ElectionWith less than 500 votes separating Joanna Cattanach and Republican incumbent Morgan Meyer in the State House 108 race, the outcome of the race will continue to be uncertain for a few more days.

With all the precincts in — but not all the provisional and mail-in ballots counted — Meyer is currently ahead of Cattanach by 440 votes — the slimmest of margins. The 108th includes the Park Cities and parts of Dallas.

Meyer, an attorney, is considered to be a moderate Republican of the Joe Straus’ vein. Cattanach, a college professor, spoke candidly during the campaign of her experiences as a foster child and her advocacy for women and children.

“Every vote matters and we are determined to make sure the correct outcome of this race includes all ballots including provisional and mail-in ballots,” campaign spokesperson Jacob Limon said Wednesday evening. “As such, our campaign will work with the County elections department until ALL ballots are counted.” (more…)

NobodyNow I know you’re probably already squawking — I can hear it from here — about this “Nobody” business in this headline. “NOBODY? Record turnout, lady, in early voting — how is that NOBODY votes?”

But hear me out.

If nobody votes, then Nobody will win. And that’s not just brain-breaking hyperbole that the grammarian in me is grappling with. Cartographers Philip Kearney and Jim Herries used Census data to plot nonvoters, and made a really not-ground-breaking-at-all discovery: Nobody (if Nobody was a candidate) would’ve beaten the pants off Hillary Clinton and Donald Trump in the last election.

In fact, Nobody would’ve won 445 electoral votes to Trump’s 21 and Clinton’s 72.

To make the editor in me happy, though, can we just say that when people don’t vote, Nobody the Candidate wins?

Now yes, early voting turnout statewide has been incredible. And seriously, even though the lines were long occasionally, voting early is quite possibly the easiest way we currently have available to vote — you can go anywhere in the county, line up, cast your ballot, and walk back out, possibly with a cool new sticker.

In the 30 counties in Texas that contain the bulk of the state’s registered voters, turnout for early voting exceeded the election turnout for the entire 2014 midterm election, data compiled by the Texas Tribune showed.

In Dallas County, there are 1,335,313 registered voters this election, and 529,521 cast their votes early, or 39 percent, compared to 214,312 in 2014. In Tarrant County, 465,817 of the county’s 1,122,597 registered voters (or 41.5 percent) voted early. In Collin County, almost half (49.4 percent) of the county’s 579,893 registered voters voted early. Forty-six percent of Denton County’s 497,490 voters have already cast ballots. (more…)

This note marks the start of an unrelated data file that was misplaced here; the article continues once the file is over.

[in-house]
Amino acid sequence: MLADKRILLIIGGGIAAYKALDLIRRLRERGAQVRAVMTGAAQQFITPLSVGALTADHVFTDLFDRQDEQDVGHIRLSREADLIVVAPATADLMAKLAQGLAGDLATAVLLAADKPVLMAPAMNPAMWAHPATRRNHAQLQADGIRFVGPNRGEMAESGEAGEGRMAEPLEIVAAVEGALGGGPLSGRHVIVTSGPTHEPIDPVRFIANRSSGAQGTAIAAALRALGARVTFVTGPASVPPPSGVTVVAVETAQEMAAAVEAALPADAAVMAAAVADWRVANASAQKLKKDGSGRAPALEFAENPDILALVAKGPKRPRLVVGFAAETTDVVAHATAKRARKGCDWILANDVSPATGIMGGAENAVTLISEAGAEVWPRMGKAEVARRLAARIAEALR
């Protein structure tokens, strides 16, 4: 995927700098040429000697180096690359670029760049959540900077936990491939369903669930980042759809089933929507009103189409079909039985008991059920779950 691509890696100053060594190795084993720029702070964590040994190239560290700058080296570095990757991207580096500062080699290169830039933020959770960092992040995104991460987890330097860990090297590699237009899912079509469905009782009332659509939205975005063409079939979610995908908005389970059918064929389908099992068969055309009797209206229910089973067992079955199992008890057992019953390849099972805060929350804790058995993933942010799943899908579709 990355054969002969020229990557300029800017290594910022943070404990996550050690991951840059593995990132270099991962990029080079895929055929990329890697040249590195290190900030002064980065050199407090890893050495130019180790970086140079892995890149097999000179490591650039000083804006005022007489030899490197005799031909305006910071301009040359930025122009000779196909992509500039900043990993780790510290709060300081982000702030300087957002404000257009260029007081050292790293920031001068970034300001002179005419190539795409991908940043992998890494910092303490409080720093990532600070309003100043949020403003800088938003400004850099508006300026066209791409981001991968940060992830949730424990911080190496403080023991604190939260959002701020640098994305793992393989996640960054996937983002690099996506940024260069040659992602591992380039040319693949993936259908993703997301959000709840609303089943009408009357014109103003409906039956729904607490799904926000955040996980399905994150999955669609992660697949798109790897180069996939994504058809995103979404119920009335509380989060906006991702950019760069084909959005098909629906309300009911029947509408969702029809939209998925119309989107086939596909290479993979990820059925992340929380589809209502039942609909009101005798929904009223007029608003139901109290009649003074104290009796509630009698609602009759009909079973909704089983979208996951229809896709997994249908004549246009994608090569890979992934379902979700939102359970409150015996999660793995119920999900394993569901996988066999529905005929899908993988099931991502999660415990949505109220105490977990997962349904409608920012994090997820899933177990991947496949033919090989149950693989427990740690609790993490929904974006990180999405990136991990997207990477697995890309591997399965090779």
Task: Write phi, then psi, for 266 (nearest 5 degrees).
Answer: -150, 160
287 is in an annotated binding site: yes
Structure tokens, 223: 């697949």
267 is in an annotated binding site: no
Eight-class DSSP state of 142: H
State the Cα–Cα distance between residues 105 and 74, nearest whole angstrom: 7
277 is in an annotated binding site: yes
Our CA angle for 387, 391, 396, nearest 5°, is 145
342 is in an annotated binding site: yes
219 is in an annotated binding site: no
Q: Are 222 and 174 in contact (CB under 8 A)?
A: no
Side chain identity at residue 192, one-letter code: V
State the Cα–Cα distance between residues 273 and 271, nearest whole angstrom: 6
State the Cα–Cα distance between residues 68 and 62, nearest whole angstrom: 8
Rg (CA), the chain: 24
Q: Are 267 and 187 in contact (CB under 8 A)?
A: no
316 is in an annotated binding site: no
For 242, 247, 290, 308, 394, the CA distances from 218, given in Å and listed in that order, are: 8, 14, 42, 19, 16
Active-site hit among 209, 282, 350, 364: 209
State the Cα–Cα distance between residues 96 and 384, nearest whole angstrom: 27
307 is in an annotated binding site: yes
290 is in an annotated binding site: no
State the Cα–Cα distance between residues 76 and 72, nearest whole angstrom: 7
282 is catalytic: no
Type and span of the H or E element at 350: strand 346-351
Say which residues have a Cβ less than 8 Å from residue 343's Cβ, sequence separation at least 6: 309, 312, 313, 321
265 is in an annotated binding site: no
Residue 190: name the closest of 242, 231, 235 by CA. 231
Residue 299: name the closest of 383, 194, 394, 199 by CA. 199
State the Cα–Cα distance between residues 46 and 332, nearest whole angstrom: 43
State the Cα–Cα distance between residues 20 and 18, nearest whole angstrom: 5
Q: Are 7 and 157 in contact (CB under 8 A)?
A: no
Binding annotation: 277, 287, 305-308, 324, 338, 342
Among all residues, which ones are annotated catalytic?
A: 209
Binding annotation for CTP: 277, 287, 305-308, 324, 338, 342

OlsonWhen Kim Olson, a third-generation farmer and retired U.S. Air Force colonel, announced her candidacy against current Texas Agriculture Commissioner Sid Miller, she took the Texas roads with the goal — much like fellow Democrat Beto O’Rourke — of visiting every county in Texas.

She also knew it would be an uphill climb — her party hasn’t won a statewide race since 1994.  It has been hinted that some have Miller’s social media antics and what they feel are ethics violations, and point to the paucity of endorsements for Miller as evidence of that.

The state agriculture commissioner oversees school lunch programs, trade and market development for commodities like cattle, and regulates fuel pumps, among other things. We had a quick chat with Olson a few weeks ago about what she has learned while campaigning. Answers have been lightly edited for brevity and clarity. (more…)

ValdezWe’ve heard it before — after all, when you write about real estate, you do spend a fair amount of time talking about how difficult and expensive it is to pay property taxes: It’s not always easy to be a property owner in Texas.

We’ve talked about why property taxes are climbing. But Lupe Valdez, newly crowned Democratic candidate for governor, says that a story in the Houston Chronicle that revealed she is facing about $12,000 in overdue property taxes is a good example of why reform is needed. (more…)

election

Guess what? You get to vote twice in May (Photo courtesy Ed Schipul/Flickr).

The good news is that there was record turnout for primary voting. The bad news is the math might still not add up.

In almost every statewide race, Republican candidates outpaced their eventual Democratic opponents by almost double the votes, signaling that in a state rife with GOP incumbents, would-be Democratic challengers may have to work double-time to achieve the name-recognition and turnout necessary to pull ahead in November. (more…)